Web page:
We were fortunate to have Earl Gohl, federal co-chair of the Appalachian Regional Commission, visit the Tuskegee-Macon County Public Library and Auburn University on Friday, February 17, 2012. President Barack Obama appointed Mr. Gohl to the position in 2010. The Community and Civic Engagement Initiative has two current projects with the ARC—the Appalachian Teaching Project and a Macon County Youth mentoring program with AU undergraduate students.
Mr. Gohl visited the public library and spoke with Tuskegee University administrator Juanita Roberts, public library director Petre Bridges, librarian Betty Morgan, state ARC program manager Bonnie Durham and four students: Quincy Bentley, Lanequia Coooper, Xavier-Charles Duplessis, Justine Ray. Quincy, Lanequia, and Justine are part-time employees of the library, and Xavier-Charles works part-time at the Tuskegee University Archives.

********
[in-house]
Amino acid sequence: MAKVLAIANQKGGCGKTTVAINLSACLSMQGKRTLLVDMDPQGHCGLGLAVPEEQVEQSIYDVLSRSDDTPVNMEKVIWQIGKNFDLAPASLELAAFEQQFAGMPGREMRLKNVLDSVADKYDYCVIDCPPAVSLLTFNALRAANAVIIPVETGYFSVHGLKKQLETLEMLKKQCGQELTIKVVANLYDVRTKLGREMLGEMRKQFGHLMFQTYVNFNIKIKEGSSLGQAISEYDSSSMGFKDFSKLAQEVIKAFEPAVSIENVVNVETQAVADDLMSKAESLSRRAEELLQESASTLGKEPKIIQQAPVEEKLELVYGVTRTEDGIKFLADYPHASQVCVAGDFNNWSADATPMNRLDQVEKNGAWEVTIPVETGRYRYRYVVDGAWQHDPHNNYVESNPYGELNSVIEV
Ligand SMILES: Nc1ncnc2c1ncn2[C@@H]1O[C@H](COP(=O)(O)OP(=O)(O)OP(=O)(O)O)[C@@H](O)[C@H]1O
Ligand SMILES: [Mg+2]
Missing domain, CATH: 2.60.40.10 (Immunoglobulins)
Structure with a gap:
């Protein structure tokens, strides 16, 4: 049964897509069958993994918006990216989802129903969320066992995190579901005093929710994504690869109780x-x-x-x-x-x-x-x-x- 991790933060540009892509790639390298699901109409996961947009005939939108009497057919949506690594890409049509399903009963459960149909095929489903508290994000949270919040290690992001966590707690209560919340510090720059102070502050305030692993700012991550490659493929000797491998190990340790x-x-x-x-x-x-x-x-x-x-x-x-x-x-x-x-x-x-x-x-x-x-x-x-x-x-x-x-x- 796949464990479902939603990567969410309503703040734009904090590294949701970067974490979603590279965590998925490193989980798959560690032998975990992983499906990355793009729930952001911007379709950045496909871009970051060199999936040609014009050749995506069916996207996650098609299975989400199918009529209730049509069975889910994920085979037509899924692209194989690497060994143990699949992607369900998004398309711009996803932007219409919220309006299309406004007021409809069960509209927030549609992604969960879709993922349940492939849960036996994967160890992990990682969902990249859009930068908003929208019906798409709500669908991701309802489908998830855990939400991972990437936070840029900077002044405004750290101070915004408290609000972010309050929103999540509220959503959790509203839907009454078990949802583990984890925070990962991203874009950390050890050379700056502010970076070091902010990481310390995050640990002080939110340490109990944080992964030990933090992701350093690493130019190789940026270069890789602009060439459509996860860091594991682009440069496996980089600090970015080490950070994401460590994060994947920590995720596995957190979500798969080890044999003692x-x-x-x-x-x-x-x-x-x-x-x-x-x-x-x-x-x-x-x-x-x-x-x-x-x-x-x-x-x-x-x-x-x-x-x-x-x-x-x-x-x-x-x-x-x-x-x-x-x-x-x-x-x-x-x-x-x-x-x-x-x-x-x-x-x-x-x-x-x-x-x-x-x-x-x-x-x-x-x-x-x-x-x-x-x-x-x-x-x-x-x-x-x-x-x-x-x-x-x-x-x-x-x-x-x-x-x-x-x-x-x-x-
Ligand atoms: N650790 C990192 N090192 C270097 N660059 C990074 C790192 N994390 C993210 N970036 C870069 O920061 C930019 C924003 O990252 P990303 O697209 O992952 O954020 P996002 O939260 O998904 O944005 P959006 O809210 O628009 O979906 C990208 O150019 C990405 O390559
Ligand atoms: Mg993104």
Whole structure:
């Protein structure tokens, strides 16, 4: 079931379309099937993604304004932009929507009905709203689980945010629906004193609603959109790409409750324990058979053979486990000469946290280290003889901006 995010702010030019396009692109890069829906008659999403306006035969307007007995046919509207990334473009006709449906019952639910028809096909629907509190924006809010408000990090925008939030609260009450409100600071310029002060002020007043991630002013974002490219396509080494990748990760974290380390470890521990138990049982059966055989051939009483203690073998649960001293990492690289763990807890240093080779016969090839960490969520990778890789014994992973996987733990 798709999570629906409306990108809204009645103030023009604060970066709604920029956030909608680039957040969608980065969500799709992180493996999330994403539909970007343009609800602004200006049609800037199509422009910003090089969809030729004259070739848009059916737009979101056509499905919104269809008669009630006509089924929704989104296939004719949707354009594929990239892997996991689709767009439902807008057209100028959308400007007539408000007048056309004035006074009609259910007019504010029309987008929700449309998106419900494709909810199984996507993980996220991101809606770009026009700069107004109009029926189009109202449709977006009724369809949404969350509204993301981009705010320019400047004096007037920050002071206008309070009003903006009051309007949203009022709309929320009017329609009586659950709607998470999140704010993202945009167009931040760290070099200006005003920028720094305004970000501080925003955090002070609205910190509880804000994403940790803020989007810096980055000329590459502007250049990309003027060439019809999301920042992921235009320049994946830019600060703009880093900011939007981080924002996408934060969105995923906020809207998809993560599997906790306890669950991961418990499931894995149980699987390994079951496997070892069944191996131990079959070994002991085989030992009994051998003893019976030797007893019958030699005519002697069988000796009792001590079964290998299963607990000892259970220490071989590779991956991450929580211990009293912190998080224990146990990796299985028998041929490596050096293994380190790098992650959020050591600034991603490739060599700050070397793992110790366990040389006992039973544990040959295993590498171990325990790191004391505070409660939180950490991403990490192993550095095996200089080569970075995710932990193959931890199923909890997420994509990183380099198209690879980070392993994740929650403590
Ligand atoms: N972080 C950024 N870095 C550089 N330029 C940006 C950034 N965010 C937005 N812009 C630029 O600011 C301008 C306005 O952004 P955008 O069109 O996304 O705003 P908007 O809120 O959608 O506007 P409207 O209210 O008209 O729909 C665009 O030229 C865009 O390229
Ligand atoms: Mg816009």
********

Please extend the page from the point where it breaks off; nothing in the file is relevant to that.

Mr. Gohl gave students the background on ARC’s work and the reason he was visiting Alabama. During the conversation, he reflected on his own first part-time job, an usher in a movie theater, when he earned .75 per hour and all the stale popcorn he could eat. He gave some important advice regarding employment: Work hard and then work harder. Go above and beyond what is required. Nothing is more important than hard work, whether it be school or an after-school job.
At the luncheon at Auburn University, Gohl was introduced by Community and Civic Engagement Minor Marian Royston and Notasulga High School student Alexis Allen. His remarks centered on the “Appalachian Army,” those important individuals who wake up each day with the purpose of making their lives and communities better. Jim Byard, director of the Alabama Department of Economic and Community Affairs, thanked Gohl for his remarks and suggested that the ARC federal-state partnership is a good example of productive institutional politics in action.